The Bank of England and HM Treasury officially launched the "Funding for Lending Scheme" (FLS) on Friday 13 July (read the announcement and details here), yet another covert operation to shore up the banks under the disguise of helping small businesses and households to access cheaper credit and thus stimulate the economy.
Sure, some of the money will find its way to you, me and our businesses. However, I guarantee that the vast majority of the funds the banks draw down from the scheme (with obvious glee) will not make its way to those who need it most. The reason is quite simple; lending to SMEs and households carries a high cost for the banks in terms of capital requirement and consequently has the lowest rate of return of any of a bank's activities.
We look to the government and their related bodies to effectively set tactical and strategic policies that instill the right incentives within the private sector to do what is best for the UK economy. Is the government providing the right incentives to the banking sector to open up lending to SMEs and households? No - and they know it. Banks will have a channel to access cheap capital; how they use that capital is not, and will not be dictated to meet the specific need of SMEs and consumers.
The level of low cost capital available to the banks under the FLS is a factor of the credit they already extend to non-financial entities in the UK plus any new loans made to this segment. Without lending a new penny, the banks are eligible to access £80 billion of cheap capital from the Bank of England. To access more, they can simply lend to their core customers within the large corporate space, those with strong credit rating that also feed the most risky activities of the bank's capital markets division through their requirements for complex derivative products.
A loan portfolio consisting of SME loans is considerably more expensive for a bank to hold then a loan portfolio consisting of large corporate and (financial) institution loans. A scaling factor of 40% (of the loan) or less is used when calculating the capital a bank must hold to cover potential loss on a large corporate or financial institution loan, compared to a 100% scaling factor for SME and consumer loans.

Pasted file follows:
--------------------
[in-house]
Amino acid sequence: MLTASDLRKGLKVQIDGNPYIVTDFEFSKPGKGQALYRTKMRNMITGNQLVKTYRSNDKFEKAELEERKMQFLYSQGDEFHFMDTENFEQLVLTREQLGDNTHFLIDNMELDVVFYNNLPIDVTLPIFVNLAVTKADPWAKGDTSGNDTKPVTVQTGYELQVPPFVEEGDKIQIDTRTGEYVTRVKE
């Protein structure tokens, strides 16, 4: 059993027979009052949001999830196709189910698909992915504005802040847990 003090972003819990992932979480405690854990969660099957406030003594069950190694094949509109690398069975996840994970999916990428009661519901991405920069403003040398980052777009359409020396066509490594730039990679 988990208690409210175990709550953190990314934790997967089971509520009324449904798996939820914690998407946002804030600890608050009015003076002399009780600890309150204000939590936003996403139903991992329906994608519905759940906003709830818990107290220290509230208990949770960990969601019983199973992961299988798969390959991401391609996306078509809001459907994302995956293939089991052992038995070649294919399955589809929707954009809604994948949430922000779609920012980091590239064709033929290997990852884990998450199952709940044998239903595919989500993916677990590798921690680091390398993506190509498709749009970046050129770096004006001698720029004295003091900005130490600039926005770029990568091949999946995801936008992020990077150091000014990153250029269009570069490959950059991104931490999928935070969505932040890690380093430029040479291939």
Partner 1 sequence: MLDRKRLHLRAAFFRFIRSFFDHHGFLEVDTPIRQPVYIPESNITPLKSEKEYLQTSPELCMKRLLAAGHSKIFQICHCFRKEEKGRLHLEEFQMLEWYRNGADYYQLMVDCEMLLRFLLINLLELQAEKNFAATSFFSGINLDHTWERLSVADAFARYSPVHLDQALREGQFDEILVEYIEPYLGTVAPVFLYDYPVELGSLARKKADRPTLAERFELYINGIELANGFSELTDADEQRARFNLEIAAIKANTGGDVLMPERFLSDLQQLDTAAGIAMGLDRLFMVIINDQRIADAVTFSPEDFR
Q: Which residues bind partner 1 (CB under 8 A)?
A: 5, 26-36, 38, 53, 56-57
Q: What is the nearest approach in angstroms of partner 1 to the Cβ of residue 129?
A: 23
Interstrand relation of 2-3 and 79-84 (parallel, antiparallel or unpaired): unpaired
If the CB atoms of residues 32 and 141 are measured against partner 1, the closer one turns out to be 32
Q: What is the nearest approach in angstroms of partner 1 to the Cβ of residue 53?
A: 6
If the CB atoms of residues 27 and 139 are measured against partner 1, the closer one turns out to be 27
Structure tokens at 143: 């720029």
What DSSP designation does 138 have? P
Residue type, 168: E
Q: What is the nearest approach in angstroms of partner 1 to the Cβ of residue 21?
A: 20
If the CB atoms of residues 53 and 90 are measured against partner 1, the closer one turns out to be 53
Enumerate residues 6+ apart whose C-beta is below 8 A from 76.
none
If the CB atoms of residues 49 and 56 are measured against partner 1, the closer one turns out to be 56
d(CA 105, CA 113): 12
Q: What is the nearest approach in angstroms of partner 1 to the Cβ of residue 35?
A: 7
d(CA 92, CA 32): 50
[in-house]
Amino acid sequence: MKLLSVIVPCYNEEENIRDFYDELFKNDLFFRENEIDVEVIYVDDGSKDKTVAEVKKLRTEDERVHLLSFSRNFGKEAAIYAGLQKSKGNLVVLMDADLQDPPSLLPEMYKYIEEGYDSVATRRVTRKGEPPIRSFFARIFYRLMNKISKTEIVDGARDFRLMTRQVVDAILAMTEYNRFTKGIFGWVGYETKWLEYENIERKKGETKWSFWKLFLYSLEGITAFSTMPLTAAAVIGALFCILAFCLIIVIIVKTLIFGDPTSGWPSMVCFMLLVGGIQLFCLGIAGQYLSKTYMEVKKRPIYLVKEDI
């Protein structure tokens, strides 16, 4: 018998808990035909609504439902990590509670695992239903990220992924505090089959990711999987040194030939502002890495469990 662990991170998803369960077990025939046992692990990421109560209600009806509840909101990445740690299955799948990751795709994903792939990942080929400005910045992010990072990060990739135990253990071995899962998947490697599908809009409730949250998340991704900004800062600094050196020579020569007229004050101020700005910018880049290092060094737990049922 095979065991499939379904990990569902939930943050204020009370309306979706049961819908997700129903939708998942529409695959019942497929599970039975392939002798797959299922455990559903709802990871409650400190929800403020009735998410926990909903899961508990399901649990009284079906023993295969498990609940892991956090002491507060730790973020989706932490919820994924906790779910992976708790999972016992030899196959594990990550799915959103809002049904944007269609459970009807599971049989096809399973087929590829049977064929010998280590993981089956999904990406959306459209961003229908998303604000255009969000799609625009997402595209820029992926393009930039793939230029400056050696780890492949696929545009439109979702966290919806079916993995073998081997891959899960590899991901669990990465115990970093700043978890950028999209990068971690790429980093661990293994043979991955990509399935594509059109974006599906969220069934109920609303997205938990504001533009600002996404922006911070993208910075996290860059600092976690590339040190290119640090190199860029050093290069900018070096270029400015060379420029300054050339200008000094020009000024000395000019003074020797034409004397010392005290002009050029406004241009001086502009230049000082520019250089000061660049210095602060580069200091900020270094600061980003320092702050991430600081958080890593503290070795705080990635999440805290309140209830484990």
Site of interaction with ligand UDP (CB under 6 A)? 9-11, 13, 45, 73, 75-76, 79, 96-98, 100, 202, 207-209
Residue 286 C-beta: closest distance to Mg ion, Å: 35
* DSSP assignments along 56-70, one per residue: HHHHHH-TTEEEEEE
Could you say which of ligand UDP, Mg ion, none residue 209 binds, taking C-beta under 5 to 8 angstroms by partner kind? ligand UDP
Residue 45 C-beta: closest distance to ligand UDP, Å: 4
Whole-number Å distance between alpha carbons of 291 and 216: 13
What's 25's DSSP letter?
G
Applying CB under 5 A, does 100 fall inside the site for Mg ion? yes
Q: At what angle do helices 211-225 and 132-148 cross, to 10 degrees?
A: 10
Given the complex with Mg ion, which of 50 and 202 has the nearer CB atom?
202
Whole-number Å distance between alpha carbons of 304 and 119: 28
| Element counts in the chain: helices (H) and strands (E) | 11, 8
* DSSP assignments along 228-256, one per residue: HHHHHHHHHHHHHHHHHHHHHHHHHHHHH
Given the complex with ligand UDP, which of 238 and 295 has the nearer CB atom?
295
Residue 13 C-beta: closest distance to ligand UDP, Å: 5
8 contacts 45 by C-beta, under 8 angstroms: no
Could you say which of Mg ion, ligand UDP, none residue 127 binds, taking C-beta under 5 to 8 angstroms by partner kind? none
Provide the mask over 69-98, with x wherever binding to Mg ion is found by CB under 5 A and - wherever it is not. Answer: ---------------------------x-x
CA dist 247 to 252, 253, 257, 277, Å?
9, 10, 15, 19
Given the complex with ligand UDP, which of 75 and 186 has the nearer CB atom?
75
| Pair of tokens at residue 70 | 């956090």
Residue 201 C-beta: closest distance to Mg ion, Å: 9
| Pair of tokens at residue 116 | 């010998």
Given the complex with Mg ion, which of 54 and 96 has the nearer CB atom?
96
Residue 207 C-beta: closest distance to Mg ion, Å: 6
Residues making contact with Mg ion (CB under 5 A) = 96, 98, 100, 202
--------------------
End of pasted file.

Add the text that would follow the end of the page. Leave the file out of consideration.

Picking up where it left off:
Looking at loan revenues: on average, a bank may earn 8% on SME loans and 5% on large corporate loans. This 3 percent benefit in no way compensates the difference in the capital requirement (cost) between SME and large corporate loan portfolios when calculating the return on capital, a core metric for effectively allocating money across projects/business units.
For a complete picture, lets also note the off balance sheet activities of banks - the complex derivatives they trade in the capital markets division that can reap them considerable revenues but cost the bank nothing in terms of regulatory capital.
Banks are privately held entities. They do what is best to maximize return for their shareholders. If a bank has one hundred (100) units of capital at its disposal, it will, like any other private firm, look to allocate that one hundred in the most effective way to generate the maximum level of return on capital.
So, if you ran a bank and have one hundred units of capital available, what would you do it with it?
Given the incentive structure, in this case, the capital requirements dictated by regulatory bodies such as the FSA, Bank of England, the EC and the Basel Capital Accord, you would logically do as the banks do, allocate as little of that capital to lending to SMEs in order to maximize shareholder return. This is why Project Merlin, the effort by the Government to tie banks to lending targets, failed - though a token effort was made due to brand necessity, the proportion of loans made to SMEs relative to large corporates fell considerably and continues to fall. This is also why the FLS will fail to meet stated objectives - the incentives are simply not there for banks to lend to SMEs. Given the current trajectory of regulation, I would even stick my neck out and state that banks will look to exit the business of lending to and generally providing SME services within the next 10 years.
So what? Let them. We can do better. The alternatives are already here and innovation in the New Finance sector is progressing at a lightening pace. Entirely new banking models such as Fidor Bank in Germany, Holvi in Finland and Simple and Movenbank in the US will soon migrate to the UK. There are already several young firms focusing on niche elements of financial services to deliver exceptional, transparent and cheaper services to SMEs and consumers. There are firms providing Peer to Peer based access to credit, such as Fundingcircle, Zopa and Fundingknight, other firms providing lower cost access to currency and international trade services, such as Tradeshift, Currencyfair, Transferwise and The Currency Cloud.
The Government will continue to support the banks albeit stealthily; avoiding association to bypass the negativity of the media and population directed at the banking sector. Financial services is the comparative advantage of the UK, the thing we excel at and the rest of the world wants from us. UK financial services drives wealth creation for us all, and the government knows this. We should therefore stop waiting for policy led solutions to the system - they are not coming. We should take it upon ourselves to instigate the change we need. We have the power to make it happen. We should all be looking at the lights of the New Finance sector to support our requirements for financial services. Keep your money safe in a bank, but vote with your feet for everything else; New Finance is the future we must embrace.